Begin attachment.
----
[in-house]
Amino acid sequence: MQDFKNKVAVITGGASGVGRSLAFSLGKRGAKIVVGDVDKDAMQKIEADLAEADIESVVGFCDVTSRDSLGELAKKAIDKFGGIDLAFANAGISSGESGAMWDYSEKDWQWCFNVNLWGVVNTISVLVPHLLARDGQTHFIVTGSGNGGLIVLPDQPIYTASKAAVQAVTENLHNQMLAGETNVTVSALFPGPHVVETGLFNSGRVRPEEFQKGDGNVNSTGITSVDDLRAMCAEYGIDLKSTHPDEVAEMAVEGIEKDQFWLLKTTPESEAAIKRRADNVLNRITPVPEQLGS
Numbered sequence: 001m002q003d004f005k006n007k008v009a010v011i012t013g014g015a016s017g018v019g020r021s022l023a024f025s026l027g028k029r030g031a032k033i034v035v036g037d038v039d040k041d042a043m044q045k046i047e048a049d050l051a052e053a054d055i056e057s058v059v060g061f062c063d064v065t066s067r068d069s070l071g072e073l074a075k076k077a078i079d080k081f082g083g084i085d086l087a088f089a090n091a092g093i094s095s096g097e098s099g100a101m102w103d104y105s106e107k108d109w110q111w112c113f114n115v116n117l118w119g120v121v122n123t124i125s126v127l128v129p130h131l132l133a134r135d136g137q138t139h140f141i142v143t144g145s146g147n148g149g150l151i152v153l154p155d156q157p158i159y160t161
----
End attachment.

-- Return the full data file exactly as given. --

[in-house]
Amino acid sequence: MQDFKNKVAVITGGASGVGRSLAFSLGKRGAKIVVGDVDKDAMQKIEADLAEADIESVVGFCDVTSRDSLGELAKKAIDKFGGIDLAFANAGISSGESGAMWDYSEKDWQWCFNVNLWGVVNTISVLVPHLLARDGQTHFIVTGSGNGGLIVLPDQPIYTASKAAVQAVTENLHNQMLAGETNVTVSALFPGPHVVETGLFNSGRVRPEEFQKGDGNVNSTGITSVDDLRAMCAEYGIDLKSTHPDEVAEMAVEGIEKDQFWLLKTTPESEAAIKRRADNVLNRITPVPEQLGS
Numbered sequence: 001m002q003d004f005k006n007k008v009a010v011i012t013g014g015a016s017g018v019g020r021s022l023a024f025s026l027g028k029r030g031a032k033i034v035v036g037d038v039d040k041d042a043m044q045k046i047e048a049d050l051a052e053a054d055i056e057s058v059v060g061f062c063d064v065t066s067r068d069s070l071g072e073l074a075k076k077a078i079d080k081f082g083g084i085d086l087a088f089a090n091a092g093i094s095s096g097e098s099g100a101m102w103d104y105s106e107k108d109w110q111w112c113f114n115v116n117l118w119g120v121v122n123t124i125s126v127l128v129p130h131l132l133a134r135d136g137q138t139h140f141i142v143t144g145s146g147n148g149g150l151i152v153l154p155d156q157p158i159y160t161